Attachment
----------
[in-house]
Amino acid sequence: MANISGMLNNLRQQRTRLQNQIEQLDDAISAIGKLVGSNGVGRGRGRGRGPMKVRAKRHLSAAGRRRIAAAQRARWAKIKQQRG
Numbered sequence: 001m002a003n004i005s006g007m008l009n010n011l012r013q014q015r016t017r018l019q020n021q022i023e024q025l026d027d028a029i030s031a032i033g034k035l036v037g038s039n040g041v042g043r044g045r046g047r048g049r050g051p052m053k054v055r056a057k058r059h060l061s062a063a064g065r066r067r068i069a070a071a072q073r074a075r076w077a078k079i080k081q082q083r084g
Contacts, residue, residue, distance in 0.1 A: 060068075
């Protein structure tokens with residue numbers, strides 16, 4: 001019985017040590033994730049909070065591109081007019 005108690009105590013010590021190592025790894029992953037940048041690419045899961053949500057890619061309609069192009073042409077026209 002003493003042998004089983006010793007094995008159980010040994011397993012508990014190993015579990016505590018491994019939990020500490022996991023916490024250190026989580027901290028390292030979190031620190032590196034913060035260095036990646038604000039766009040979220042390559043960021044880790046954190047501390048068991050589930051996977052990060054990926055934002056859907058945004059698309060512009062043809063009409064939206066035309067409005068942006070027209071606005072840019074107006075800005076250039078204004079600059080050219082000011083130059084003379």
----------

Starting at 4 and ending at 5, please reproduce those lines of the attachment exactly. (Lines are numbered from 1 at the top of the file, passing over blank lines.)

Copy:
Contacts, residue, residue, distance in 0.1 A: 060068075
């Protein structure tokens with residue numbers, strides 16, 4: 001019985017040590033994730049909070065591109081007019 005108690009105590013010590021190592025790894029992953037940048041690419045899961053949500057890619061309609069192009073042409077026209 002003493003042998004089983006010793007094995008159980010040994011397993012508990014190993015579990016505590018491994019939990020500490022996991023916490024250190026989580027901290028390292030979190031620190032590196034913060035260095036990646038604000039766009040979220042390559043960021044880790046954190047501390048068991050589930051996977052990060054990926055934002056859907058945004059698309060512009062043809063009409064939206066035309067409005068942006070027209071606005072840019074107006075800005076250039078204004079600059080050219082000011083130059084003379």